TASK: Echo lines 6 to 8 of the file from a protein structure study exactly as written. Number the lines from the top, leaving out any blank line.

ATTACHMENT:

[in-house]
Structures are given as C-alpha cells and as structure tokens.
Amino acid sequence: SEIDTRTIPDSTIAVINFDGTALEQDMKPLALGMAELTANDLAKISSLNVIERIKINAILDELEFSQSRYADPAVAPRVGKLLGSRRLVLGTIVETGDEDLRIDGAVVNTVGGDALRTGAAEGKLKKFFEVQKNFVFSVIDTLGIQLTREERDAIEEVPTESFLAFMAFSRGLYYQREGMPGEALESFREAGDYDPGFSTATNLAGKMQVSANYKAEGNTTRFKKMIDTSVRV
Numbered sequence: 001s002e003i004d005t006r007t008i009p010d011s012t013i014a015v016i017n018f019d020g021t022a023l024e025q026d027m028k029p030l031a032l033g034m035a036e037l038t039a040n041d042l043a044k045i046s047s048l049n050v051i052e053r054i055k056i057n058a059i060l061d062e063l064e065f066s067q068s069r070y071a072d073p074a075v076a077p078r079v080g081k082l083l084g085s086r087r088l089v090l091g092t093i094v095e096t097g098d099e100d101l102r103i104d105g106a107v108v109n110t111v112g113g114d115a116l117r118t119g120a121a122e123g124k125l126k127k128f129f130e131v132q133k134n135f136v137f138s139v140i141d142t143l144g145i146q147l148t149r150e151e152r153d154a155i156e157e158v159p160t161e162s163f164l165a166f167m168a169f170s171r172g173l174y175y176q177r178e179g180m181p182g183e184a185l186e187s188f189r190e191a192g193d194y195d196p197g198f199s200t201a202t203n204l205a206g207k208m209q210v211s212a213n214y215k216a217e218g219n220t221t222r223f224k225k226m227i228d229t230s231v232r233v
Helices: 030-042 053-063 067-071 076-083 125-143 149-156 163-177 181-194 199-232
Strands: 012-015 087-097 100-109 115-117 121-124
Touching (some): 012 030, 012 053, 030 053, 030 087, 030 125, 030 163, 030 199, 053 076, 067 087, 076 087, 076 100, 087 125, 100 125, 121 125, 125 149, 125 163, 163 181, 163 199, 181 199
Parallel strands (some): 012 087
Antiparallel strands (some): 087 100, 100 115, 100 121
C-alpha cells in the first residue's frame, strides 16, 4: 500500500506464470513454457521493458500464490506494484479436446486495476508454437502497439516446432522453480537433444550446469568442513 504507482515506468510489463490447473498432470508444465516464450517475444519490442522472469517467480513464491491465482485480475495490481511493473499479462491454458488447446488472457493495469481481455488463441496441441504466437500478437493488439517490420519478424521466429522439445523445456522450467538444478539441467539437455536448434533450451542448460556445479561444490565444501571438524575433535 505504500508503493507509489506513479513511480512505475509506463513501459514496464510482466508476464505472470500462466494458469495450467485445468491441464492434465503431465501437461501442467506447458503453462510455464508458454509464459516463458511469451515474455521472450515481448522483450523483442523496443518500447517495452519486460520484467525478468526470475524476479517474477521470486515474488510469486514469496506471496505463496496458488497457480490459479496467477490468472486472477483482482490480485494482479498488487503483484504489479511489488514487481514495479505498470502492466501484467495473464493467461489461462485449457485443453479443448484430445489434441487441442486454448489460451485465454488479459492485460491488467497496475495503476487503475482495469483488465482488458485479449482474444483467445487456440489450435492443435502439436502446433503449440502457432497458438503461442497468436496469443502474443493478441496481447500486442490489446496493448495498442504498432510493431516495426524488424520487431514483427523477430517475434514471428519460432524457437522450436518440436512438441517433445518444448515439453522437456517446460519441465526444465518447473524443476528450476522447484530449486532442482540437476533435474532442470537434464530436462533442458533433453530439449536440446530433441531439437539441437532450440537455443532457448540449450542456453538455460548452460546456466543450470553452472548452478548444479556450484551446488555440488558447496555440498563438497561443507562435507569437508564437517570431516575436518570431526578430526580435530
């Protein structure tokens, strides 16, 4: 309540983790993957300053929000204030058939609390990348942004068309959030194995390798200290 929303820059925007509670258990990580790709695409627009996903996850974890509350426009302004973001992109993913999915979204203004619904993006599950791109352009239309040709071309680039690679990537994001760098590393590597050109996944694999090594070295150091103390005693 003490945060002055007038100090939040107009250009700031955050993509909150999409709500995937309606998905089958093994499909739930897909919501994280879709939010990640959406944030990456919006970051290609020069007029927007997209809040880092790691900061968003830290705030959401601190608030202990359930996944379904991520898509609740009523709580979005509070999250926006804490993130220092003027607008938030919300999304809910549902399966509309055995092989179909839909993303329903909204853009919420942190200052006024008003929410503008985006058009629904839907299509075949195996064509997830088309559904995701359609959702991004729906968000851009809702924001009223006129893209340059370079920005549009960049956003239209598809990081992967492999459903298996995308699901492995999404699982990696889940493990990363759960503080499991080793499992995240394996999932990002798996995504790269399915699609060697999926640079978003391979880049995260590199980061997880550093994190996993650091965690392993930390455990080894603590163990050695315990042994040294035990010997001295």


Strands: 012-015 087-097 100-109 115-117 121-124
Touching (some): 012 030, 012 053, 030 053, 030 087, 030 125, 030 163, 030 199, 053 076, 067 087, 076 087, 076 100, 087 125, 100 125, 121 125, 125 149, 125 163, 163 181, 163 199, 181 199
Parallel strands (some): 012 087